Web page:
Why are Indigenous Australians still suffering from trachoma?
Trachoma is a preventable condition that is almost entirely a disease of undeveloped countries. However, while mainstream Australians rarely – if ever – contract trachoma, the condition is rife in many Indigenous communities.
What is trachoma?
Trachoma is a contagious infection of the eye caused by bacteria. It’s the leading cause of blindness worldwide, affecting over 400 million people. It’s one of the earliest-recorded eye diseases – with records of it dating back to the ancient Egyptians.
Trachoma is caused by a bacterium called Chlamydia trachomatis, which affects the eye and causes scarring, in-turned eyelashes and blindness if left untreated. It’s spread from person to person by affected people – usually by young children who pass on the disease by touching their eyes and then other children. Flies can also transmit it.
Trachoma is only ever seen in areas where living conditions are crowded and hygiene is poor, and is known to be endemic in Aboriginal and Torres Strait Islander populations in some parts of the Northern Territory, South Australia and Western Australia.
What are the symptoms?
Trachoma causes inflammation of the cornea (the clear centre part of the eye) and the conjunctiva (the transparent layer of tissue that covers the white of the eye and lines the inside of the eyelid).
Initial symptoms include a stinging in the eye, light sensitivity and swelling of the eyelids. If this is left untreated, the conjunctiva thickens and starts to scar. This scarring can make the eyelid turn in, and the rubbing of the eyelashes on the inside of the eye causes ulcers. The tear glands also develop scarring.
Repeated infections without treatment can make the scarring so bad that it causes blindness.
How is it treated?
Trachoma can be treated quickly and easily with antibiotics. If the condition has been left untreated for so long that the eyelids have turned in, simple surgery is required.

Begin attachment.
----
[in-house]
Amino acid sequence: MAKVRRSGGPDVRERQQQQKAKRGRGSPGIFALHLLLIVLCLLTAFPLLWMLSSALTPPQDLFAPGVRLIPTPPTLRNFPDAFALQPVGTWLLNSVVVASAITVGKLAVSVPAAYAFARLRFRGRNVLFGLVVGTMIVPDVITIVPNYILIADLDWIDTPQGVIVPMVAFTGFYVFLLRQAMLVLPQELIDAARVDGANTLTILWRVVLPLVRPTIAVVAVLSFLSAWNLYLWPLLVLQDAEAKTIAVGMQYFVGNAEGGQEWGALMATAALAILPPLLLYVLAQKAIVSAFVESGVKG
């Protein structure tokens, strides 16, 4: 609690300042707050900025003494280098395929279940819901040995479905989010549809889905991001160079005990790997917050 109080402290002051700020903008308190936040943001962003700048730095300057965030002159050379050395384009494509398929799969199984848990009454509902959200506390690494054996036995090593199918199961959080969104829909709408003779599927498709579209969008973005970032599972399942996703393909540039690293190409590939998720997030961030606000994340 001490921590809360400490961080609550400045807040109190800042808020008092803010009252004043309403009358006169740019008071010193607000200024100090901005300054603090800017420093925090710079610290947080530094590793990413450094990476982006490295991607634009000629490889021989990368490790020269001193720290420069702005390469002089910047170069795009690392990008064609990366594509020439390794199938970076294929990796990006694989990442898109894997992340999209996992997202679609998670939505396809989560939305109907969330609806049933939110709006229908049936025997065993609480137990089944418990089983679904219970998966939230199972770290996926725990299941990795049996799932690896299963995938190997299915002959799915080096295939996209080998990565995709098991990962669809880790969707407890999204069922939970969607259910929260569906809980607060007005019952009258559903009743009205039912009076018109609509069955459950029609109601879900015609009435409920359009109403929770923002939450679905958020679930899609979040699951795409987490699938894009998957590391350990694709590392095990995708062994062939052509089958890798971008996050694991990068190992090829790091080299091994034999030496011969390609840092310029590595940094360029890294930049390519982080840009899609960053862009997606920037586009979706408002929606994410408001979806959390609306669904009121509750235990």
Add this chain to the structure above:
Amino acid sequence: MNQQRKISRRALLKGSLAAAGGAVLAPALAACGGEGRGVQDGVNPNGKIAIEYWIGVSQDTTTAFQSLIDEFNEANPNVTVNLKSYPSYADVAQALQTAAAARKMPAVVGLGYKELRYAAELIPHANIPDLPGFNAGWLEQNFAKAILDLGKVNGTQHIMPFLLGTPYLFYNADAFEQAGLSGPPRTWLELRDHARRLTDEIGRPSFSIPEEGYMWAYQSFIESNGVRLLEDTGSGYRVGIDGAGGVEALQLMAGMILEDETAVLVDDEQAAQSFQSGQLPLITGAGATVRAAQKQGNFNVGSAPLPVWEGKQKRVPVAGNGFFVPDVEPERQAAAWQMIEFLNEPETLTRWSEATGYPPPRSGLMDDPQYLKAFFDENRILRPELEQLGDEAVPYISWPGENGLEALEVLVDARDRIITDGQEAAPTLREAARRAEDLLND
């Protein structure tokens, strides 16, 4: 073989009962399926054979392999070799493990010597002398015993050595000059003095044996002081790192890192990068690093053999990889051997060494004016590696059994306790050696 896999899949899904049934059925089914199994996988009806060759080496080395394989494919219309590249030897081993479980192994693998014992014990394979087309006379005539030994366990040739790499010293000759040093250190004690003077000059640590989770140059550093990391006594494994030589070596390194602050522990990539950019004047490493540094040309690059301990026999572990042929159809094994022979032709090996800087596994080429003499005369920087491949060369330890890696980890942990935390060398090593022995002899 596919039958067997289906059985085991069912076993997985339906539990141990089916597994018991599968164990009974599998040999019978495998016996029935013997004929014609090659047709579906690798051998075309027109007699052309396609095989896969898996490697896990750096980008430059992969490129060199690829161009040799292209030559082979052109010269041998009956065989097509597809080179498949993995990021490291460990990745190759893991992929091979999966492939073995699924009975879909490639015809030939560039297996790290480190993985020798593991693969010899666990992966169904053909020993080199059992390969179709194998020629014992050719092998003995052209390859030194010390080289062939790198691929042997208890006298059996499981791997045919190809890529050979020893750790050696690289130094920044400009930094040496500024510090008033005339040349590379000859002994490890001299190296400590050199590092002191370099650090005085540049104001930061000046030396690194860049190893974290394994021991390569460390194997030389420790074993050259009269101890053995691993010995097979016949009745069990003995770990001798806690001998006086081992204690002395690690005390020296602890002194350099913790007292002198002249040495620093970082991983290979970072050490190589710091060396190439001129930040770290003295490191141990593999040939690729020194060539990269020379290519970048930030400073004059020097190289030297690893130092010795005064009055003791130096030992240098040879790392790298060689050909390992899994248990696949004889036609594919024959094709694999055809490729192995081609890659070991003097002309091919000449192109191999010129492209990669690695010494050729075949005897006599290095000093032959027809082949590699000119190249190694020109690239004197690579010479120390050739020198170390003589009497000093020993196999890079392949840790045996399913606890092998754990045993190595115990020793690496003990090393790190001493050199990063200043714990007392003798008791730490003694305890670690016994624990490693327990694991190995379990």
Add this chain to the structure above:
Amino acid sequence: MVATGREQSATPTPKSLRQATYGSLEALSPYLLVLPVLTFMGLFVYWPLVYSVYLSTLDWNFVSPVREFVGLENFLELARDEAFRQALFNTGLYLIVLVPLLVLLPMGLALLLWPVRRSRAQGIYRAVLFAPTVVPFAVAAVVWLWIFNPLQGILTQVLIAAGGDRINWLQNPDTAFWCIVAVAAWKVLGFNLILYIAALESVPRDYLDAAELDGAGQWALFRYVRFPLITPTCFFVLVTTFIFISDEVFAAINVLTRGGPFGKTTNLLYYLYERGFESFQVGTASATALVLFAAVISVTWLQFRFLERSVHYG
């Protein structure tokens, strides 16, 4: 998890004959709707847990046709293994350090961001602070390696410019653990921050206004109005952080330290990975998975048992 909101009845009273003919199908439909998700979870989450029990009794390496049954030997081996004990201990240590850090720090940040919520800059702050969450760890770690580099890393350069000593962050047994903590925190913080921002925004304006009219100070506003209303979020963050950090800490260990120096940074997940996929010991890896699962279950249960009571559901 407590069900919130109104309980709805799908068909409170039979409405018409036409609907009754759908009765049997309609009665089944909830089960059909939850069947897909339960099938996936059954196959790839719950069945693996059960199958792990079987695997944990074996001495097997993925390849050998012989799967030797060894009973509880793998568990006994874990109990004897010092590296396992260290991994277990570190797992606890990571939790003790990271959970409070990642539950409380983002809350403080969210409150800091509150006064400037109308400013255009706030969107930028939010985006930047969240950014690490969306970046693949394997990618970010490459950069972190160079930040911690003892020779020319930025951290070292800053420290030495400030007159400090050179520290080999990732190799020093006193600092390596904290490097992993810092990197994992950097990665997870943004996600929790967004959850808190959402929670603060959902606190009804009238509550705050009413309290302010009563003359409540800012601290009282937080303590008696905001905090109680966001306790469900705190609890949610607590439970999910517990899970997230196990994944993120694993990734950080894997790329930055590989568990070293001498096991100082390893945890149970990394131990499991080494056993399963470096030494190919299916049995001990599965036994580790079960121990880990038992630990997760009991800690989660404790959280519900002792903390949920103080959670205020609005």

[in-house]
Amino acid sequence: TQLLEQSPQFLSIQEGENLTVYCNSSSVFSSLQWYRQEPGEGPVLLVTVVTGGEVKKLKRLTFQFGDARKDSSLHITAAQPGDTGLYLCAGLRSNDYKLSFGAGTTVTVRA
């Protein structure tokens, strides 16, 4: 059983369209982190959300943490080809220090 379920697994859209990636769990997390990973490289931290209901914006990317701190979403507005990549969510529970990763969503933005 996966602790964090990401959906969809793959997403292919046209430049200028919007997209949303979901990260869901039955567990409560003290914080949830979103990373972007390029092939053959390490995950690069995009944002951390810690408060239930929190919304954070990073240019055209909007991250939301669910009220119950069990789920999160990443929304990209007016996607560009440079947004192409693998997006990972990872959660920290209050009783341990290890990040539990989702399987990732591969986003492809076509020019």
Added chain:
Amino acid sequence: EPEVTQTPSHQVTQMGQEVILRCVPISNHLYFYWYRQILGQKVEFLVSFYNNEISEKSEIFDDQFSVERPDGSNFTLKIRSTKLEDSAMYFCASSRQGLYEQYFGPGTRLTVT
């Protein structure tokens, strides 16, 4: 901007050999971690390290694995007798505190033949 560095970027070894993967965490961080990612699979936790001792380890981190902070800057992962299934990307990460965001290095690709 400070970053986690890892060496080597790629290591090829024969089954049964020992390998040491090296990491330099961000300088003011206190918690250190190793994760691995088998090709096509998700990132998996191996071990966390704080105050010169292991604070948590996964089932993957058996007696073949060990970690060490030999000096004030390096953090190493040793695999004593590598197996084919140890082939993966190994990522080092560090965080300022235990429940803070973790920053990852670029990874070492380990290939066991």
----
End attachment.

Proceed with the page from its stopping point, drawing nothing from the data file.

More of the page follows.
Keeping the face and hands clean with frequent washing can stop the infection from spreading to others.
What is being done?
Over 30 years ago, a national program was launched to eliminate the disease. But today, trachoma is still widespread in outback Indigenous communities, especially in the Northern Territory and Western Australia.
A recent survey, conducted by Professor Hugh Taylor, a leading ophthalmologist (a doctor who specialises in eye diseases) from the University of Melbourne’s Centre for Eye Research Australia, shows that effectively no progress has been made in eradicating trachoma in Indigenous communities.
Professor Taylor found that up to half of all children in some communities have trachoma and that one in 12 adults have in-turned eyelashes from having trachoma as a child.
Infection was more common in inland and remote areas, while coastal communities were not so badly affected because children’s faces were kept cleaner by swimming and playing in the water.
This year, Professor Taylor’s research centre will start work on a National Indigenous Eye Health Survey. He hopes that the survey will encourage the Federal Government to fund a national trachoma prevention program.
If you or your child experiences any kind of eye problem, make sure you see your GP or visit your Aboriginal Medical Service immediately.